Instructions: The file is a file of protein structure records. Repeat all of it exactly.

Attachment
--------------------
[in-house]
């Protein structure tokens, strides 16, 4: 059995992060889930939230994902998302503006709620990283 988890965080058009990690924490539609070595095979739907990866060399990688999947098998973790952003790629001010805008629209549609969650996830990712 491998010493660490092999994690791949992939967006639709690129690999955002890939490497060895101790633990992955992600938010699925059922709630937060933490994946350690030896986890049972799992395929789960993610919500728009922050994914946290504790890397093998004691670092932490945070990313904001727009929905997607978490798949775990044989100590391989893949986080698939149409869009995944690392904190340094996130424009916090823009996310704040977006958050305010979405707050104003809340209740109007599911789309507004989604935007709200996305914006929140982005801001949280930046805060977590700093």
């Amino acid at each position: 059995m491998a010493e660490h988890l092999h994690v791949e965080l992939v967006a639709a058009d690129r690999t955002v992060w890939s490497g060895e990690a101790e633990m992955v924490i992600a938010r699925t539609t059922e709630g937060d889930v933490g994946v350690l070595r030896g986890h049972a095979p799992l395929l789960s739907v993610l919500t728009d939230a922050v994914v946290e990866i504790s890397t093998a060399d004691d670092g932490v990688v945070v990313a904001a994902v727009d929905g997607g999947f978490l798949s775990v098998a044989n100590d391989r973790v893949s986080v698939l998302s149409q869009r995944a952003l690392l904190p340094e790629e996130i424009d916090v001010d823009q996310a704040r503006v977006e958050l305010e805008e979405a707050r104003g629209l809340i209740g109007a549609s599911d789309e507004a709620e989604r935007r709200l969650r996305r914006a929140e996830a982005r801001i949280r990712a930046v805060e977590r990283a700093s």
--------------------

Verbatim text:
[in-house]
């Protein structure tokens, strides 16, 4: 059995992060889930939230994902998302503006709620990283 988890965080058009990690924490539609070595095979739907990866060399990688999947098998973790952003790629001010805008629209549609969650996830990712 491998010493660490092999994690791949992939967006639709690129690999955002890939490497060895101790633990992955992600938010699925059922709630937060933490994946350690030896986890049972799992395929789960993610919500728009922050994914946290504790890397093998004691670092932490945070990313904001727009929905997607978490798949775990044989100590391989893949986080698939149409869009995944690392904190340094996130424009916090823009996310704040977006958050305010979405707050104003809340209740109007599911789309507004989604935007709200996305914006929140982005801001949280930046805060977590700093």
């Amino acid at each position: 059995m491998a010493e660490h988890l092999h994690v791949e965080l992939v967006a639709a058009d690129r690999t955002v992060w890939s490497g060895e990690a101790e633990m992955v924490i992600a938010r699925t539609t059922e709630g937060d889930v933490g994946v350690l070595r030896g986890h049972a095979p799992l395929l789960s739907v993610l919500t728009d939230a922050v994914v946290e990866i504790s890397t093998a060399d004691d670092g932490v990688v945070v990313a904001a994902v727009d929905g997607g999947f978490l798949s775990v098998a044989n100590d391989r973790v893949s986080v698939l998302s149409q869009r995944a952003l690392l904190p340094e790629e996130i424009d916090v001010d823009q996310a704040r503006v977006e958050l305010e805008e979405a707050r104003g629209l809340i209740g109007a549609s599911d789309e507004a709620e989604r935007r709200l969650r996305r914006a929140e996830a982005r801001i949280r990712a930046v805060e977590r990283a700093s």